(Caption for photo: Much of the inadequate housing in Raleigh, such as this one, is deemed substandard due to problems arising from a lack of enforcement of regulations towards landlords who accept section 8 housing vouchers and other federal subsidies).
Below is a story on the importance of crossing human borders told through the heart and the eyes of my dear friend Emma, a social worker here in Raleigh.
I’m standing in a line of people on an unusually warm Wednesday morning. The last of the straggling dark leaves reluctantly drop to the street at my feet to join the rest. November in Raleigh. The woman I’m standing with is quite different from me in almost every obvious way I can think of: age, race, social background, parental status. We must look like quite an interesting pair together, and we are. But there we stand at the emergency rental assistance line at the local ministry’s eviction prevention office along with the 20 or so others hoping and praying they don’t lose their homes when November fades to December tomorrow. Malika’s section 8 vouchers and disability check didn’t cut it this month, so she had nowhere to turn to to keep a roof over her children’s heads but here…the end of the road.
“Every eviction makes it that much harder to survive,” I’ve heard her say in the past…she can’t afford to put her family through it again. We live in a country which, unlike many other industrialized democracies, does not have a universal housing voucher program to ensure stable housing for extremely low income families, and we live in a state where a significant minority of those extremely low income families receive voucher assistance before facing evictions. So there we stand, black and white, blind and seeing, mother and sister. In defiance.
Our conversation trails off and I fall into trains of thought surrounding Malika’s boys, children I know well. That fall had been a tumultuous and painfully divided time in North Carolina, a state that saw the Greensboro sit-ins, freedom riders, and remarkably reluctant desegregation in schools. A state caught in the American intersection and stinging with history. In the space of several weeks, Keith Scott had been shot dead by police officers 150 miles west of us, Frank Clark had been shot dead by police officers 25 miles north of us, and Malika’s 6 year old boy had been shot in the face with a bb gun by another neighborhood boy. On the day Malika’s youngest son was in a hospital bed getting a tiny bullet taken out of his face and racking up an emergency room bill that exceeded Malika’s income for the past 3 months, national news outlets were broadcasting cell phone footage of a white teacher in Baltimore who flew into a rage at her class of entirely black teenagers and spit out her determination that they were “punk ass niggers who are gonna get shot.”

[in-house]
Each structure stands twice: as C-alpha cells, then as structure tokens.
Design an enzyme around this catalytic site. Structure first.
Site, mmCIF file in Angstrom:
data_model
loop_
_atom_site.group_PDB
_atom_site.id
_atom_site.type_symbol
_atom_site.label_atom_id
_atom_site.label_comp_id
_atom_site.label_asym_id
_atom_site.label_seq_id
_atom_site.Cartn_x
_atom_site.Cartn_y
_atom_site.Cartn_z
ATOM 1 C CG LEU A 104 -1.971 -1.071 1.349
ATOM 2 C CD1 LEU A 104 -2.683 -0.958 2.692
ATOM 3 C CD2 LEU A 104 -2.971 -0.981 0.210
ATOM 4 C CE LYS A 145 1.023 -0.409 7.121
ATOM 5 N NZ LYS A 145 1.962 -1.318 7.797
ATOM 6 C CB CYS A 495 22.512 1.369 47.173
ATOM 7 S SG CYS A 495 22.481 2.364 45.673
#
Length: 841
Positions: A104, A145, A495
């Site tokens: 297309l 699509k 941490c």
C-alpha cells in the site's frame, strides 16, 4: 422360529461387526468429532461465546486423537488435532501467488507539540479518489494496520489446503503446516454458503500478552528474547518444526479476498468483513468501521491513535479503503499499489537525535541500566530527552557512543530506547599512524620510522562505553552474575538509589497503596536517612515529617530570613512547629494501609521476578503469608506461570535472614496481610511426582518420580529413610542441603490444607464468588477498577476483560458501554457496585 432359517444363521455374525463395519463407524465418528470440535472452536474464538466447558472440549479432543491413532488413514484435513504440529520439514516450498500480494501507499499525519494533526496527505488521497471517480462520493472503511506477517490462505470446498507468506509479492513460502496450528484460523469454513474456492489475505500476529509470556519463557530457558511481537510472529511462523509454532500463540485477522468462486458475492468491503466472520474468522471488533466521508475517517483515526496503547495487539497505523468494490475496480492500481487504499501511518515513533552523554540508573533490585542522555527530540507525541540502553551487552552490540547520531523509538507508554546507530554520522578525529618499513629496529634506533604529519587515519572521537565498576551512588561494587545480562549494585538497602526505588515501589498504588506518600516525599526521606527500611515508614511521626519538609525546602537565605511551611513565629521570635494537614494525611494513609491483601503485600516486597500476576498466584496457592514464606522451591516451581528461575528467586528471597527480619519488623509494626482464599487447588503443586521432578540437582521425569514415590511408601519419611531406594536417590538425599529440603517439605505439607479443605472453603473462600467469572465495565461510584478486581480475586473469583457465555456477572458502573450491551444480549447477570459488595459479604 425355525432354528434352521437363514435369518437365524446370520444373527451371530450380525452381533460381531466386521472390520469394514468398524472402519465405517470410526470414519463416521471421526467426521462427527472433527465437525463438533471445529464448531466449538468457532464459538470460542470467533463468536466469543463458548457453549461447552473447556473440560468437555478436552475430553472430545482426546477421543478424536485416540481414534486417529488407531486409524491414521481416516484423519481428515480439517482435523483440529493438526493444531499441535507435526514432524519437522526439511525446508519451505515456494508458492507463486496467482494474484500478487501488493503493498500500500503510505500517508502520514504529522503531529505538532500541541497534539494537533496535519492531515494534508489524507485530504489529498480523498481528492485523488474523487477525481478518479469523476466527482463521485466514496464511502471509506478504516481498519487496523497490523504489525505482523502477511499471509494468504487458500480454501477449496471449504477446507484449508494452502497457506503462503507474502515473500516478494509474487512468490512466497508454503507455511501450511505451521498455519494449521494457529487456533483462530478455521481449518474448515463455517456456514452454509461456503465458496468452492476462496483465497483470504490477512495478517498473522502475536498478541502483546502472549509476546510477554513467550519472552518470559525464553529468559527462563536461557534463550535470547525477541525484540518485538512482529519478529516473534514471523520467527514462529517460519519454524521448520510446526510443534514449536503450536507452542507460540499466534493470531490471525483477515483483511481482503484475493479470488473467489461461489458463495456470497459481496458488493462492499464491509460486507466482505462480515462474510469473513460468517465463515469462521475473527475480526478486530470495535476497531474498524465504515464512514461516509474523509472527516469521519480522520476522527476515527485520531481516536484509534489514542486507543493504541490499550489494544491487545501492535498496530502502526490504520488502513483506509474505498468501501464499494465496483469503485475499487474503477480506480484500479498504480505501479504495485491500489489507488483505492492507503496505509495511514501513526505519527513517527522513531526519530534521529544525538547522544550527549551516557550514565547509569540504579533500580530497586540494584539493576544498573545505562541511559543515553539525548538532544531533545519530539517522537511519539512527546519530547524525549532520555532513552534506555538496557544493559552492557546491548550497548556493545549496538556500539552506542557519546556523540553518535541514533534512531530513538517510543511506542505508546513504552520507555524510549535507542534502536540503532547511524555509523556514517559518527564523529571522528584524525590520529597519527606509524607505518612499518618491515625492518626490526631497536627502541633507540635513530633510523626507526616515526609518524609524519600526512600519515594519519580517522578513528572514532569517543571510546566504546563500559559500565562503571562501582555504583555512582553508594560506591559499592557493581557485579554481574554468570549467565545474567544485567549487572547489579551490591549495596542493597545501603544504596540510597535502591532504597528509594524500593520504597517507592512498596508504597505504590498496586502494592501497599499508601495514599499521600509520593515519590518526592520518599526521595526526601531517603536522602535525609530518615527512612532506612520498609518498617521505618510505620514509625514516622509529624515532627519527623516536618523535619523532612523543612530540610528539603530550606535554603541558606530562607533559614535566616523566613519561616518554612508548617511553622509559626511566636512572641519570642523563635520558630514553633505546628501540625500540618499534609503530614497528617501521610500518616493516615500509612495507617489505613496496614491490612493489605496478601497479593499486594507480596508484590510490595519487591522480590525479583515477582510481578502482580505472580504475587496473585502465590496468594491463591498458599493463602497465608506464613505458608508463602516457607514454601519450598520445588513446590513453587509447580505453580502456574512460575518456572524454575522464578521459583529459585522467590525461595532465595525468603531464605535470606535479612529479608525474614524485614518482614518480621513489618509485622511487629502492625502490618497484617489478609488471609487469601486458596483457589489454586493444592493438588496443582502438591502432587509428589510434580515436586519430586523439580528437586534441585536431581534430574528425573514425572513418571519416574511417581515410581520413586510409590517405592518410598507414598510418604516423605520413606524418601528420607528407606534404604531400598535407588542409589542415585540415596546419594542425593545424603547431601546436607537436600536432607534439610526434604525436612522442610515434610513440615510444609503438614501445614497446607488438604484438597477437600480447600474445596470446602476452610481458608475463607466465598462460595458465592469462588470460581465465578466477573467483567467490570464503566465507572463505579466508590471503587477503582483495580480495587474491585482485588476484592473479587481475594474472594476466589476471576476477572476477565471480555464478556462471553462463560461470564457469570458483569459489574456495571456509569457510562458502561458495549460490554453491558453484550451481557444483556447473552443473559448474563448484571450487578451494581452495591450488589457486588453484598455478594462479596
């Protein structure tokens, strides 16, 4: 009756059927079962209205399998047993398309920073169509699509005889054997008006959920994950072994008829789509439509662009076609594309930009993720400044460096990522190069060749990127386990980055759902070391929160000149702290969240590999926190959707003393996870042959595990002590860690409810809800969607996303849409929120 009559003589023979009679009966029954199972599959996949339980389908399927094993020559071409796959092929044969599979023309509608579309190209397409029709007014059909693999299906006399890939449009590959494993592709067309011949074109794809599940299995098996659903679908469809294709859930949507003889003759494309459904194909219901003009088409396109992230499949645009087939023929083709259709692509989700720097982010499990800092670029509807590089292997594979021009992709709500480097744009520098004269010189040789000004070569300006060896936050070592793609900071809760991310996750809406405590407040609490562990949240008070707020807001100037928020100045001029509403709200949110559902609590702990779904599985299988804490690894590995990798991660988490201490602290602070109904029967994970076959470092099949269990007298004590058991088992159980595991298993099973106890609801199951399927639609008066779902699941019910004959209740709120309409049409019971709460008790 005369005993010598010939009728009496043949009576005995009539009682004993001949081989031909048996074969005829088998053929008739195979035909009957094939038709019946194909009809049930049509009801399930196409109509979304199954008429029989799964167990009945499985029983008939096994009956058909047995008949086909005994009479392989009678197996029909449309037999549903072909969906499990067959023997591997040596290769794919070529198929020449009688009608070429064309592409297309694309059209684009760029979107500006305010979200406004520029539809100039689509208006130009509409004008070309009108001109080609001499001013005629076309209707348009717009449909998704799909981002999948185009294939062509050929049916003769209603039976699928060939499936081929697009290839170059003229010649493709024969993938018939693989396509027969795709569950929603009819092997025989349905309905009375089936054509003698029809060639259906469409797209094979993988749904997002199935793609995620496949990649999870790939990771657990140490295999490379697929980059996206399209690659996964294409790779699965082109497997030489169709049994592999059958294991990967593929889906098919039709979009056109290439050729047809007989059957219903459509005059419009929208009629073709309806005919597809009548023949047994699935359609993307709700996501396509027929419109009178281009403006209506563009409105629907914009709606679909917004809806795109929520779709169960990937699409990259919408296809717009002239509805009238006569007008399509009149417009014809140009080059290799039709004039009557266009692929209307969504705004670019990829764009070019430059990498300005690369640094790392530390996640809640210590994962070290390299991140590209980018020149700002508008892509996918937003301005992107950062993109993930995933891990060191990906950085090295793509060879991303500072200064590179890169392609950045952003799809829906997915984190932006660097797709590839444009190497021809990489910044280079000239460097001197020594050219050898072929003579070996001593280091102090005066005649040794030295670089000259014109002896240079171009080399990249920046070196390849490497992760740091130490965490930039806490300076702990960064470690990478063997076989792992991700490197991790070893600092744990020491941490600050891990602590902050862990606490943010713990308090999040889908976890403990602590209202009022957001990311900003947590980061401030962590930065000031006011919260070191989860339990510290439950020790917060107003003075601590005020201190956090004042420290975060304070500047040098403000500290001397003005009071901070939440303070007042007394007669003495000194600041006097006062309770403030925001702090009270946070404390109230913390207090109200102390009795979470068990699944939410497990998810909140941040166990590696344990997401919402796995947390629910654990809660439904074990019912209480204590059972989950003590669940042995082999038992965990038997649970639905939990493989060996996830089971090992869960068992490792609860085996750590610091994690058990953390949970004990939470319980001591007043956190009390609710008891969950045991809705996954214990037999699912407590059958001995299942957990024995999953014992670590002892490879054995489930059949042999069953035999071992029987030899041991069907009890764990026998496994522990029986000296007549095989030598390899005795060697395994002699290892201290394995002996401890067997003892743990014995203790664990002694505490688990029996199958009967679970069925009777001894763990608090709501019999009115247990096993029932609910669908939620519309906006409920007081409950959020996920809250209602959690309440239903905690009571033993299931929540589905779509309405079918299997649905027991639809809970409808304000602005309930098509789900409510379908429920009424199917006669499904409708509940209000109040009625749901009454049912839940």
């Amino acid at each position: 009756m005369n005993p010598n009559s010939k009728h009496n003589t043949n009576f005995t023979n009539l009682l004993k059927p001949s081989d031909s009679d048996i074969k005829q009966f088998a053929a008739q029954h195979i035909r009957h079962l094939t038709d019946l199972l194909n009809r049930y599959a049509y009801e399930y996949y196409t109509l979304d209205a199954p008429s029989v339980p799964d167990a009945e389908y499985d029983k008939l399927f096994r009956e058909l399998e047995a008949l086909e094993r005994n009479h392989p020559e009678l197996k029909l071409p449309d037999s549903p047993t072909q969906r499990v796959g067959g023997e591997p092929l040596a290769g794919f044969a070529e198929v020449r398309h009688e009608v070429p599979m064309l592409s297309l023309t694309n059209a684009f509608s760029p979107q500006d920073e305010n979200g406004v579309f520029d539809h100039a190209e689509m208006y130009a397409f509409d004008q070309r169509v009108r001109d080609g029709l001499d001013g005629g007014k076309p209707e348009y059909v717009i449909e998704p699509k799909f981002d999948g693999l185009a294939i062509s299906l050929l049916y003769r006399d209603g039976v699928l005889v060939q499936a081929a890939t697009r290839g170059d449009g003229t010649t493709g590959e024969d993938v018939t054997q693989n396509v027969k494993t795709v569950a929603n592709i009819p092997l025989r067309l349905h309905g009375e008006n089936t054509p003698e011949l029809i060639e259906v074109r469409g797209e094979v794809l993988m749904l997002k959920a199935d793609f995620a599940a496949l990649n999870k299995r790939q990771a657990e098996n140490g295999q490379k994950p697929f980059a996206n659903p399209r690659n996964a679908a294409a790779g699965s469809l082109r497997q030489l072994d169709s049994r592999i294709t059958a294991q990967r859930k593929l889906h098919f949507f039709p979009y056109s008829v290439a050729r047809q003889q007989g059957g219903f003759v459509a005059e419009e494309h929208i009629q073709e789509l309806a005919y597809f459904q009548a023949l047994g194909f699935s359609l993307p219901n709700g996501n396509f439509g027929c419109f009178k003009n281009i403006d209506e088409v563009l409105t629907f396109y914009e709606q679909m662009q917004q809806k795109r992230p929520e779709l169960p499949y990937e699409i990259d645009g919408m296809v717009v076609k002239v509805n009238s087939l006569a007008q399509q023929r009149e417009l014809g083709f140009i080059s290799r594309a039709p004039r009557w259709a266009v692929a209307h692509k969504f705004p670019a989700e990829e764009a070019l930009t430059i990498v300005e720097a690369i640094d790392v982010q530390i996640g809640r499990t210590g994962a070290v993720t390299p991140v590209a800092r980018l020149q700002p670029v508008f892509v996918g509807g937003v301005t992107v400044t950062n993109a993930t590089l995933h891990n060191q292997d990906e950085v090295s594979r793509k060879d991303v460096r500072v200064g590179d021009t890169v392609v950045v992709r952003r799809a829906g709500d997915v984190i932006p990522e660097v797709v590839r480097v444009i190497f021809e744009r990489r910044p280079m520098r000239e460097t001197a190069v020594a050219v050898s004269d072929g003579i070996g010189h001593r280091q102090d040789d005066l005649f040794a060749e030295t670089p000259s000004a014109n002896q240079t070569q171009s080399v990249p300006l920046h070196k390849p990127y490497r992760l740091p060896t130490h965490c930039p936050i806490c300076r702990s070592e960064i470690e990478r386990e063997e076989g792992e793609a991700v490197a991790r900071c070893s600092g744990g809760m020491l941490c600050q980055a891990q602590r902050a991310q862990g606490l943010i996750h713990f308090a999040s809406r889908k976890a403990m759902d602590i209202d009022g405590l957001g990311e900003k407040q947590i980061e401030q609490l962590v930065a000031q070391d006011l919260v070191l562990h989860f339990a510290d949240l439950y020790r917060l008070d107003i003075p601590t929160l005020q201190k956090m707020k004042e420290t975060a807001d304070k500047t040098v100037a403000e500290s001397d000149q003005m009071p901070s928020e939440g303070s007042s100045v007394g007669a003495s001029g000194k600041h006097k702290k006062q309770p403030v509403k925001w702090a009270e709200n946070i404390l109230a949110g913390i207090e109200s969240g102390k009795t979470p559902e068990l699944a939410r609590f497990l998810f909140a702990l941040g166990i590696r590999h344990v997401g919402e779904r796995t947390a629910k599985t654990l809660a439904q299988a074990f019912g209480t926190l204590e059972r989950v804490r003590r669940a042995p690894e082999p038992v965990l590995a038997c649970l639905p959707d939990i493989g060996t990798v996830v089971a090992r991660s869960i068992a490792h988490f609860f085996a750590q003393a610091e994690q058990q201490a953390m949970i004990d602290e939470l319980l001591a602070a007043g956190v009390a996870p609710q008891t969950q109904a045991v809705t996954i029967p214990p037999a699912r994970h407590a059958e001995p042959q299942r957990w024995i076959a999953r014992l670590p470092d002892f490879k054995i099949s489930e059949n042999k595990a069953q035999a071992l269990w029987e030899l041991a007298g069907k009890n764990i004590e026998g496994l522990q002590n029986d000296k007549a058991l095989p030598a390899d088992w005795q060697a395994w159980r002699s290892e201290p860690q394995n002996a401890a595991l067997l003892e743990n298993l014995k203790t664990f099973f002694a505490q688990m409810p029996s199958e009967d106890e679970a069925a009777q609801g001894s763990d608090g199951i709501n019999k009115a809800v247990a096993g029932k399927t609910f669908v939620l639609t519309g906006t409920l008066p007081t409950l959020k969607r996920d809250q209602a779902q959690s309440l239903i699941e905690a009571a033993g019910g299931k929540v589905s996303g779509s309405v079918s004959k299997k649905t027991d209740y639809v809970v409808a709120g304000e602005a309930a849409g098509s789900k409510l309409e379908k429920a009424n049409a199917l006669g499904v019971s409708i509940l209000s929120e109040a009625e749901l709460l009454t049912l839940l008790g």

My consciousness snaps back into the present moment as the line ahead of us starts moving. I squeeze Malika’s hand in mine and direct her forward, a gesture of solidarity but also utility…Malika can’t see the line ahead of us moving, as she has been blind for the past 22 years. When I was learning a song to memorize the alphabet and how to hold a pencil to write, Malika was going blind forever. I think of all the things that have happened to me in 22 years and all the things that have happened to her. I think of all the things that will happen.
Malika sits down on the sidewalk and clamps her hands to her head, a sign that one of the headaches she gets from enduring the light of the sun has started. I leave her and go knock on the glass door to ask if we can be permitted to wait inside. We’re shuffled past the other 20 hopefuls into an office room with metal folding chairs. I buy Malika a soda as caffeine usually helps her headaches. She talks to me about all the normal things of a mother’s life that are so familiar to her and so unfamiliar to me…about how her middle child had just asked her if Santa Clause was actually real…about how she couldn’t get her oldest child to eat vegetables…in general about how life was small and commonplace and involved tiny boring details like everyone else’s does. But in that moment of sitting there in those metal chairs waiting for hope that may or may not come, life didn’t feel small for me or Malika. It felt big, and significant, and complex. It felt connected. She sipped on her soda, closed her eyes, and kept waiting.